Alberta’s economic slowdown: nowhere to go but up
Numbers show lots of evidence of the tough economic conditions facing Alberta, but with an increasingly diversified economy, we do think the worst is behind us
by Michael Ganley
We don’t mean to offer false hope. As we were putting together the Venture 250 list of Alberta’s biggest companies, we talked about a theme. The numbers showed lots of evidence of the tough economic conditions facing the province: revenues, profits and employee counts are all down. The bad news has seeped into every aspect of life, from rising unemployment levels to stagnant real estate markets to stressed credit for businesses and individuals.
But, at the same time, there is evidence that we are at the bottom of the cycle, that there’s nowhere to go but up. The price of oil is well above the lows of a year ago and most predictions are for it to continue to rise in the medium term, an inevitable consequence of the steep declines in exploration and development. Most predictions for the price of oil suggest $50 or $55 by the end of the year, and investors are preparing for another stretch of high energy prices. That puts a floor under the Albertan economy.
And we’ve begun to see the inevitable wave of mergers and acquisitions that happens in the oil and gas sector at the bottom of every bust, as players with a strong cash position take advantage of the financially stressed and snap up assets. Suncor (#3 on the list, with revenue of $30 billion) is a perfect example. It went on a buying spree and, while its revenues fell, it has emerged from the crash stronger than ever and expects to boost production to 800,000 barrels per day in 2019 from less than 600,000 in 2015.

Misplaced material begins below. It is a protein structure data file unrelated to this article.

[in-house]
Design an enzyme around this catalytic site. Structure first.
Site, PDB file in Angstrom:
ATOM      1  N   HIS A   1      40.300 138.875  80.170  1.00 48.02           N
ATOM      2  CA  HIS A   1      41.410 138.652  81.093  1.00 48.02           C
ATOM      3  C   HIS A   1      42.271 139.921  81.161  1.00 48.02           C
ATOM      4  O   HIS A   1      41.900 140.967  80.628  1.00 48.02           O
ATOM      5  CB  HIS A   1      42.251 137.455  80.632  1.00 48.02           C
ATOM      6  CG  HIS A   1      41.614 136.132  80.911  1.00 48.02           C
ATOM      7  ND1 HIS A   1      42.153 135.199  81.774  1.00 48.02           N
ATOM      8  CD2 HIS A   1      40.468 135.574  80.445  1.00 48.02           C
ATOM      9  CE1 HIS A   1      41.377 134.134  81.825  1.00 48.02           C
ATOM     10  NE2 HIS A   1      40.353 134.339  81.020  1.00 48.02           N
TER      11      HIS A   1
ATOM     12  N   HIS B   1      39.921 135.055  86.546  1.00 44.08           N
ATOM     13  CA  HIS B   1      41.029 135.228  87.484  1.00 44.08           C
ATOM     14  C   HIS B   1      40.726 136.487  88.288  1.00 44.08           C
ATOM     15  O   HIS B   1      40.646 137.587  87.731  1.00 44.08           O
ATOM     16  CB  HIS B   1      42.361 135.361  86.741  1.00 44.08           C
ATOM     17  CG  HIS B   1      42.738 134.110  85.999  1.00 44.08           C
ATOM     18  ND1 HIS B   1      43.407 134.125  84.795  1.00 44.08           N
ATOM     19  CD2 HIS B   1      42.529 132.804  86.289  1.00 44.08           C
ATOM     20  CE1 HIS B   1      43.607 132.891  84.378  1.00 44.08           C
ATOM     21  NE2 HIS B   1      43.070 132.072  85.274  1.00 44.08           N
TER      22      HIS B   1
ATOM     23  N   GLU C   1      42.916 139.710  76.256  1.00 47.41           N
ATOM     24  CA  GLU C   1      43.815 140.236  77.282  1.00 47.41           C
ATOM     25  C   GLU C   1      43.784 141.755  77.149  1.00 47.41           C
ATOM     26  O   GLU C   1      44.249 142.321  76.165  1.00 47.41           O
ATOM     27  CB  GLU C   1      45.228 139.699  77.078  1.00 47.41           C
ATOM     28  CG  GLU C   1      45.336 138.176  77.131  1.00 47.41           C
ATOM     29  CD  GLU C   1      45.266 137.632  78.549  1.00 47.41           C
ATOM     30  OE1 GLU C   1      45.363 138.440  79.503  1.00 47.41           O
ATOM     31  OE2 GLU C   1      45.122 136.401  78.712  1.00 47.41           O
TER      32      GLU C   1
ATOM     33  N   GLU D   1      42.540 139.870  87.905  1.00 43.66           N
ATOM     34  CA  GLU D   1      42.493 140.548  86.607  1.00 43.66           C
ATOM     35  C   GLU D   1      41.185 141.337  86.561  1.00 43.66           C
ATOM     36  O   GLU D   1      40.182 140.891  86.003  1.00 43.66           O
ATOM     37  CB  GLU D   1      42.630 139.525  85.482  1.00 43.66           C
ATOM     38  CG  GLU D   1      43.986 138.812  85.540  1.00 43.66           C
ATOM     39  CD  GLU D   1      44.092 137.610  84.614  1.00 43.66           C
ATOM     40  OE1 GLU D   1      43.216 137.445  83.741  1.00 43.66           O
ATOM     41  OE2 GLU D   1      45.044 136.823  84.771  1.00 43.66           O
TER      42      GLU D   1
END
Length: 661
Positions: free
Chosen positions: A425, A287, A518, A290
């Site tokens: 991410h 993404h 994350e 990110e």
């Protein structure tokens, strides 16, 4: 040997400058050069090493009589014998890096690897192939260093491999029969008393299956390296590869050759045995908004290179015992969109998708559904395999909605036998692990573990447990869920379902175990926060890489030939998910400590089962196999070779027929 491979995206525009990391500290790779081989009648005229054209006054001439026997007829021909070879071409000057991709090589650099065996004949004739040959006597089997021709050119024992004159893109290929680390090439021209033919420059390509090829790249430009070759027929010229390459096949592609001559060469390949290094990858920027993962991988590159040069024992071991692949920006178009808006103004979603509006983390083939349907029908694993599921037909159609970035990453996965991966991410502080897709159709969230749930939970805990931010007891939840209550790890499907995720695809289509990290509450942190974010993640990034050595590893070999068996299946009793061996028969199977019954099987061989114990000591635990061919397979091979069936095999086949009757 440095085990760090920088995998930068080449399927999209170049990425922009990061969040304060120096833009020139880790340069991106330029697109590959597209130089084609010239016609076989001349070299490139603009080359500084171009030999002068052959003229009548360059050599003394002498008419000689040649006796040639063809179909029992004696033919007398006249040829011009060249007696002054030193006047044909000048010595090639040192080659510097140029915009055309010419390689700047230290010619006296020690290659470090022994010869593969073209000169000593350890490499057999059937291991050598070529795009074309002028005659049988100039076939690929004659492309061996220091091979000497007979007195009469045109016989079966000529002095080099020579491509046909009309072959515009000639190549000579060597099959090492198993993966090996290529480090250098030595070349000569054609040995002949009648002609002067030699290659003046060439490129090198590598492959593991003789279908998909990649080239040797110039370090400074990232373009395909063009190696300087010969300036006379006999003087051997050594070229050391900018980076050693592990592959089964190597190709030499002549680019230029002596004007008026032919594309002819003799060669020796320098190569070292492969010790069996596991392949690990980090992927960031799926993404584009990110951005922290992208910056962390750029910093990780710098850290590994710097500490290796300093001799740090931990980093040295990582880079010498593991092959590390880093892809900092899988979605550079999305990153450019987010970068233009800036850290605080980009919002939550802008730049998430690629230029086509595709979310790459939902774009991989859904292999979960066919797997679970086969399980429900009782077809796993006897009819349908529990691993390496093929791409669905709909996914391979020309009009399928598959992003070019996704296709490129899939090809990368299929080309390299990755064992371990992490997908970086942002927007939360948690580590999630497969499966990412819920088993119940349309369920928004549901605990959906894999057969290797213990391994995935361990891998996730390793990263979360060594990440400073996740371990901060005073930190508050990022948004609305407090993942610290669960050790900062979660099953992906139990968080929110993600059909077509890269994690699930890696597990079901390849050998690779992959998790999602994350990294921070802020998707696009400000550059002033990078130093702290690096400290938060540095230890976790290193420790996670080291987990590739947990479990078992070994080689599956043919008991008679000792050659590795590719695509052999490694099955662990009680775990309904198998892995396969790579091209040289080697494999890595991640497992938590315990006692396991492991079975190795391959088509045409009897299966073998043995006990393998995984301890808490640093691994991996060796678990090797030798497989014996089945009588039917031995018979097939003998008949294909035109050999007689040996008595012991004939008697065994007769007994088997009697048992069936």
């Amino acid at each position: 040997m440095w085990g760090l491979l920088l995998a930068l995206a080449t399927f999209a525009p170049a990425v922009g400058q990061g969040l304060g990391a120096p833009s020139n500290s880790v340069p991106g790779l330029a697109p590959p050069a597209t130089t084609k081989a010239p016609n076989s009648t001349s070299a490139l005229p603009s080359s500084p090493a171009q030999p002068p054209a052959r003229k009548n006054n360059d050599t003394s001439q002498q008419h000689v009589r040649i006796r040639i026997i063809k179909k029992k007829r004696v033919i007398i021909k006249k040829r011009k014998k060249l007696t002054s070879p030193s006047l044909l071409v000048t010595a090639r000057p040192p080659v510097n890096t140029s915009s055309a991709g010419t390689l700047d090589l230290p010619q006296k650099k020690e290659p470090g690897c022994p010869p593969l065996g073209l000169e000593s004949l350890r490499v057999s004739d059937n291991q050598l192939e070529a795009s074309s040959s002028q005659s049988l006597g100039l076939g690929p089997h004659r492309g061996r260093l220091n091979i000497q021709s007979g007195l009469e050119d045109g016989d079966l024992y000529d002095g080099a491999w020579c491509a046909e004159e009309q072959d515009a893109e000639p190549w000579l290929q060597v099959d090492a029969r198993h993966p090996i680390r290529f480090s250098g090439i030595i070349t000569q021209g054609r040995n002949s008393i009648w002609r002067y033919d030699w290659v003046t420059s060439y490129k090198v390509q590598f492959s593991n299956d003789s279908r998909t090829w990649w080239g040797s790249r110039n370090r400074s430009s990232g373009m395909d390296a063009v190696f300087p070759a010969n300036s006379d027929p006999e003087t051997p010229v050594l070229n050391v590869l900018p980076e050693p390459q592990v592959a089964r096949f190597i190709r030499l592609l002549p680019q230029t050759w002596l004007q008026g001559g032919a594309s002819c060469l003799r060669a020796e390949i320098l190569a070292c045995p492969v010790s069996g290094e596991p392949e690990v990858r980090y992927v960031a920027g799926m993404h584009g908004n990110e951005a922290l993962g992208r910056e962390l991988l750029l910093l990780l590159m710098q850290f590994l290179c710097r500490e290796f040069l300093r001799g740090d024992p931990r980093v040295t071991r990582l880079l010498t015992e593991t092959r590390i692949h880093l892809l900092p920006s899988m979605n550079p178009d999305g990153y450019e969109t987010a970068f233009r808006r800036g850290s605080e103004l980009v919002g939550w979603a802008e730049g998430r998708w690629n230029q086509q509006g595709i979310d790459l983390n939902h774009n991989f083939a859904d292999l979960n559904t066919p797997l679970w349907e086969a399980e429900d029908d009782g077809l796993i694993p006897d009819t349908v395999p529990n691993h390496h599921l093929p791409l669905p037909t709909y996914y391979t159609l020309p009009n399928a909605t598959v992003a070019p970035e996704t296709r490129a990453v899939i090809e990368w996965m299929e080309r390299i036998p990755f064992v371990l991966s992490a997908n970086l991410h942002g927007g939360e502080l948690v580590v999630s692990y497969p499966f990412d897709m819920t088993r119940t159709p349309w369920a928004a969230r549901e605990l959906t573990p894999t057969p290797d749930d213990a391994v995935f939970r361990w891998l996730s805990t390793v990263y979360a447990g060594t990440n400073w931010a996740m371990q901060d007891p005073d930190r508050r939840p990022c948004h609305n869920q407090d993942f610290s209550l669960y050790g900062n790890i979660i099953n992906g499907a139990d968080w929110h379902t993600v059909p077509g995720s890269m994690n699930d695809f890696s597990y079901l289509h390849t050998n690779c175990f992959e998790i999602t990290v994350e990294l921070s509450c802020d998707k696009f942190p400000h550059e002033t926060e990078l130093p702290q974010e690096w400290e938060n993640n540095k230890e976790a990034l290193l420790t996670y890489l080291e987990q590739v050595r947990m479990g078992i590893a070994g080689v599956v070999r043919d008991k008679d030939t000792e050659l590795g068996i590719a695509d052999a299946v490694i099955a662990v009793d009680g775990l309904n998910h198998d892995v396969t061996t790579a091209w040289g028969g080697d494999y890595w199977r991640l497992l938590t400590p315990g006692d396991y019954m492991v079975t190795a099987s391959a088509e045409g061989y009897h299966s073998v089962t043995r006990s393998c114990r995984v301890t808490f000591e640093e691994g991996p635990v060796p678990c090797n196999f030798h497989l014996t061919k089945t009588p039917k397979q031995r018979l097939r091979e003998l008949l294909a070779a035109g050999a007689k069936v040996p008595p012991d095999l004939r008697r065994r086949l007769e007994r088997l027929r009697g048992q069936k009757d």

When considering how bad things have gotten compared to how bad they might have been, it’s important to note that Alberta’s economy is considerably more diverse now than it was in the 1980s, when the province last went through such a tough stretch. Many companies on the Venture 250 list in tech, financial services, manufacturing and construction had strong years. That means the economy hasn’t been hit as hard as it otherwise would have been, and we haven’t seen the exodus of people leaving the province that we did in the 1980s. It may seem like small consolation if you’ve just lost your job, but the increasing diversity of the economy is a good thing, and it’s a lot easier to build when the price of oil is low and other sectors of the economy aren’t competing with the oil sands behemoth.
In the end, we settled on A New Hope as the theme. Some trailing indicators (like unemployment levels) may get worse yet, but we do think the darkest days are behind us. We just hope history doesn’t record us as putting lipstick on a pig.